House Republicans held a press conference Monday morning to announce they will be starting proceedings to impeach Philadelphia District Attorney Larry Krasner.
Three state lawmakers, state Reps. Joshua Kail, Torren Ecker and Timothy O'Neal, have circulated a cosponsorship memo seeking support for Articles of Impeachment that they plan to file against Krasner.
“We did not arrive at this decision lightly or easily. In fact, we are taking this action after we have taken significant steps to pass legislation that addresses violent crime in Philadelphia by ensuring our current laws are enforced,” said Kail, a Republican from Beaver County. “We are starting this process now because the unchecked violent crime in Philadelphia has reached a breaking point due to the willful refusal by District Attorney Krasner to enforce existing laws.”
This isn’t the first time Republicans in Harrisburg have targeted the progressive district attorney. Senate President Pro Tempore Jake Corman, a Republican from Centre County, joined the Fraternal Order of Police earlier this year in calling for Krasner’s impeachment during Corman’s primary campaign for governor. At the time, Jane Roh, a spokesperson for Krasner, emphasized his electoral victories.
“As a reminder, DA Larry Krasner trounced his primary opponent 2 to 1 and spanked his Republican opponent 3 to 1. Larry swept precincts that see the highest rates of violent crime, because people who have been victimized by violence know that true justice means prevention and investment in their communities, not just punishment for Black and brown and poor people,” Roh said in a statement in January. “Jake Corman and PA Republicans have created fewer sustainable jobs, deepened poverty, gutted public education, and destroyed social services. They've made Pennsylvania less productive, less economically attractive to workers and businesses, and less healthy and safe.”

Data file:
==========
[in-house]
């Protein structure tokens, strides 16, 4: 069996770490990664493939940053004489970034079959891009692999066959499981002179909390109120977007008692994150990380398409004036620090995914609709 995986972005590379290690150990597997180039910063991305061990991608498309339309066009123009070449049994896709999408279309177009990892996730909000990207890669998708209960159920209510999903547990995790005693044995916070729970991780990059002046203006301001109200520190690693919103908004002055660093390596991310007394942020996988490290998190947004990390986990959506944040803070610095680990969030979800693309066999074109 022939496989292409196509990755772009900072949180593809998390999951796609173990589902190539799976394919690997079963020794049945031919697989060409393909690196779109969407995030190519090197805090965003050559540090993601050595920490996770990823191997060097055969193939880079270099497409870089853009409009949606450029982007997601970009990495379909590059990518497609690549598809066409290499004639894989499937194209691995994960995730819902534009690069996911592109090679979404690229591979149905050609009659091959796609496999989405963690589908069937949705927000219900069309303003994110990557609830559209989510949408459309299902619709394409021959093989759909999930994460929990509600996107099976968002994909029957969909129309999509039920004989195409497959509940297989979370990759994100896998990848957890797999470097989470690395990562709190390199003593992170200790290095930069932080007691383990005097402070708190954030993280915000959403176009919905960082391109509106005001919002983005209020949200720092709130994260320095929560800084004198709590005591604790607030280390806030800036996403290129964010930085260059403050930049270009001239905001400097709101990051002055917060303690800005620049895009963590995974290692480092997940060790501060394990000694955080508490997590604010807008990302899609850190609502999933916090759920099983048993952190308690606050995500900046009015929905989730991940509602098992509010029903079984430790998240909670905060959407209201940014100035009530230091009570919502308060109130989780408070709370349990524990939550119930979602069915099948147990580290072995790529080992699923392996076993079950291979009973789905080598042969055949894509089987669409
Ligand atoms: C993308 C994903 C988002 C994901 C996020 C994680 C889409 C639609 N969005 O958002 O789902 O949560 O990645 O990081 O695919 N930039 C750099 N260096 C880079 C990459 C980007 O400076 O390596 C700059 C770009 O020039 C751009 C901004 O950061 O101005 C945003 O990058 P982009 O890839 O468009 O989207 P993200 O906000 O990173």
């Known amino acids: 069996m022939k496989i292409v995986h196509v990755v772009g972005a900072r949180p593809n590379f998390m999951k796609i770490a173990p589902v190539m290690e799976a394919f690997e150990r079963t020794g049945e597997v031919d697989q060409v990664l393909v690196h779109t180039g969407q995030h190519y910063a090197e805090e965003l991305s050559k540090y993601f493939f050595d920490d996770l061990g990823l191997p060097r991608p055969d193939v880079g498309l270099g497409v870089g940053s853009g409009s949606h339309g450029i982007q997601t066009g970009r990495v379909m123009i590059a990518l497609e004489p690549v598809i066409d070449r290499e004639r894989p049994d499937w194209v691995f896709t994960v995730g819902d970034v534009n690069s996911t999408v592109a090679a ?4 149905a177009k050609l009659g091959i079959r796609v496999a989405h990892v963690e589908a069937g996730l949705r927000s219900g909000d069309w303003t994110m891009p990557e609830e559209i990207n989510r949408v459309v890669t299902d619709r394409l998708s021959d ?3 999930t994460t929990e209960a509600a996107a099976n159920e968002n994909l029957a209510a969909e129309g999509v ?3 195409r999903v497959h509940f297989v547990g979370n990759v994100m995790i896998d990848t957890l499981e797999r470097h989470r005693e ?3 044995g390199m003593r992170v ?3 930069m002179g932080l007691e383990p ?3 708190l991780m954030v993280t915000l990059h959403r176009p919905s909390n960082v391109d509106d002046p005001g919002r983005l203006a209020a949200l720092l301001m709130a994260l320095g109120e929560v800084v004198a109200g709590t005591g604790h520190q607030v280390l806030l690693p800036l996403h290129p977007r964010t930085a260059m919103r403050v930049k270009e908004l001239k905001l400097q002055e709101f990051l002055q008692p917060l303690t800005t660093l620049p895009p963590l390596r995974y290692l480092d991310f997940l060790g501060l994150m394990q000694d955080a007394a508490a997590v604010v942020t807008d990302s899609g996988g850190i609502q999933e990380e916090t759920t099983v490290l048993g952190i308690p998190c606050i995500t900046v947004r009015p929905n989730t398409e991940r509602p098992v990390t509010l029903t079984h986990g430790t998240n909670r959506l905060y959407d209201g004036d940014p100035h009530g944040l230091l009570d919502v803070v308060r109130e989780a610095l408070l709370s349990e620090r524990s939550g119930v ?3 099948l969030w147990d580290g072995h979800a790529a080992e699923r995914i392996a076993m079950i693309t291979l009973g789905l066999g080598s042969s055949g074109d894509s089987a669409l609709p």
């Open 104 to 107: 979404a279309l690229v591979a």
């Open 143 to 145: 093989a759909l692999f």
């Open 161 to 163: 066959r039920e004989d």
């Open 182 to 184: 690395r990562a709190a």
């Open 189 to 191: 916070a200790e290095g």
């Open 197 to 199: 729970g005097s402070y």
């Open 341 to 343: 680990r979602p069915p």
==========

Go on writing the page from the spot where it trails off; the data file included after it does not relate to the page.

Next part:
Krasner, in his second term as Philadelphia’s district attorney, won the 2021 election with more than 69% of the vote. Like many other cities in and around Pennsylvania, Philadelphia has seen continued crime and gun violence throughout the pandemic and this year. Republicans at the press conference noted the mass shooting that took place on June 4 on South Street in Philadelphia, where three people were killed and 11 others were wounded.
“Just last week, city businesses said they are thinking of relocating because of spikes in crime,” O’Neal, a Republican from Washington County, said. “Philadelphia is Pennsylvania’s major economic engine, a tourist attraction, and the birthplace of our freedoms. If unchecked crime is keeping businesses and tourists from visiting and locating in Philadelphia, it impacts Pennsylvania as a whole.”
Meanwhile, Krasner and other Philadelphia officials have criticized the Republican-controlled General Assembly for limiting the city’s ability to enact its own gun regulations. Currently, a state preemption keeps the gun control debate in Harrisburg, barring municipalities from creating local firearm rules.
The future of a potential impeachment is still up in the air. Procedurally, once the Articles of Impeachment are introduced, they will then be referred to a committee. The committee would have to approve them before they could be considered by the full House of Representatives, and then, if passed, by the full Senate.
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